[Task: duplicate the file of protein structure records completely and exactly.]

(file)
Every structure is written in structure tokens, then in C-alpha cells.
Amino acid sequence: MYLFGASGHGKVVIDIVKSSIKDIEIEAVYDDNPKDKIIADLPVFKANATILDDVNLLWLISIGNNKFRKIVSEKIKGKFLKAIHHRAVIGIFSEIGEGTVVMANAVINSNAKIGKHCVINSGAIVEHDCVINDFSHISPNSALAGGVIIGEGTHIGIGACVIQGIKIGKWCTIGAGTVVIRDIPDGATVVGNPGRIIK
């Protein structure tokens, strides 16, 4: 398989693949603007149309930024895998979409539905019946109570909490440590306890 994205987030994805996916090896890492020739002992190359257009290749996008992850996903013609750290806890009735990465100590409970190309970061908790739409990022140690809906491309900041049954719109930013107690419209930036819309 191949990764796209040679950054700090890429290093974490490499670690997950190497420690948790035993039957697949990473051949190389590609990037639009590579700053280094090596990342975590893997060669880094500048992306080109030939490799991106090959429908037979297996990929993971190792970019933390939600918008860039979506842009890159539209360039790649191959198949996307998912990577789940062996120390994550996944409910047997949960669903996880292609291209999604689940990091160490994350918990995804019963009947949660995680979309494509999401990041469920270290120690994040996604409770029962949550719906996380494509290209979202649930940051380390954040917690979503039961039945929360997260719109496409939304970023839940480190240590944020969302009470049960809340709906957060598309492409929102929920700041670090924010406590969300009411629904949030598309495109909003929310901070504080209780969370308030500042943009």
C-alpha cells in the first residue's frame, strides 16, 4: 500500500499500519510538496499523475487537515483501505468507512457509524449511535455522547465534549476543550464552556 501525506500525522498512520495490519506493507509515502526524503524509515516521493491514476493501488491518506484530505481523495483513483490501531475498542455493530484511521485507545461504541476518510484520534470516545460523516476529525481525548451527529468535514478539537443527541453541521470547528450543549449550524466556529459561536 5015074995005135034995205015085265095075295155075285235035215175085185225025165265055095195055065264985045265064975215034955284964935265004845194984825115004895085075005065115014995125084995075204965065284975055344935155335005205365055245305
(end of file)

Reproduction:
Every structure is written in structure tokens, then in C-alpha cells.
Amino acid sequence: MYLFGASGHGKVVIDIVKSSIKDIEIEAVYDDNPKDKIIADLPVFKANATILDDVNLLWLISIGNNKFRKIVSEKIKGKFLKAIHHRAVIGIFSEIGEGTVVMANAVINSNAKIGKHCVINSGAIVEHDCVINDFSHISPNSALAGGVIIGEGTHIGIGACVIQGIKIGKWCTIGAGTVVIRDIPDGATVVGNPGRIIK
């Protein structure tokens, strides 16, 4: 398989693949603007149309930024895998979409539905019946109570909490440590306890 994205987030994805996916090896890492020739002992190359257009290749996008992850996903013609750290806890009735990465100590409970190309970061908790739409990022140690809906491309900041049954719109930013107690419209930036819309 191949990764796209040679950054700090890429290093974490490499670690997950190497420690948790035993039957697949990473051949190389590609990037639009590579700053280094090596990342975590893997060669880094500048992306080109030939490799991106090959429908037979297996990929993971190792970019933390939600918008860039979506842009890159539209360039790649191959198949996307998912990577789940062996120390994550996944409910047997949960669903996880292609291209999604689940990091160490994350918990995804019963009947949660995680979309494509999401990041469920270290120690994040996604409770029962949550719906996380494509290209979202649930940051380390954040917690979503039961039945929360997260719109496409939304970023839940480190240590944020969302009470049960809340709906957060598309492409929102929920700041670090924010406590969300009411629904949030598309495109909003929310901070504080209780969370308030500042943009």
C-alpha cells in the first residue's frame, strides 16, 4: 500500500499500519510538496499523475487537515483501505468507512457509524449511535455522547465534549476543550464552556 501525506500525522498512520495490519506493507509515502526524503524509515516521493491514476493501488491518506484530505481523495483513483490501531475498542455493530484511521485507545461504541476518510484520534470516545460523516476529525481525548451527529468535514478539537443527541453541521470547528450543549449550524466556529459561536 5015074995005135034995205015085265095075295155075285235035215175085185225025165265055095195055065264985045265064975215034955284964935265004845194984825115004895085075005065115014995125084995075204965065284975055344935155335005205365055245305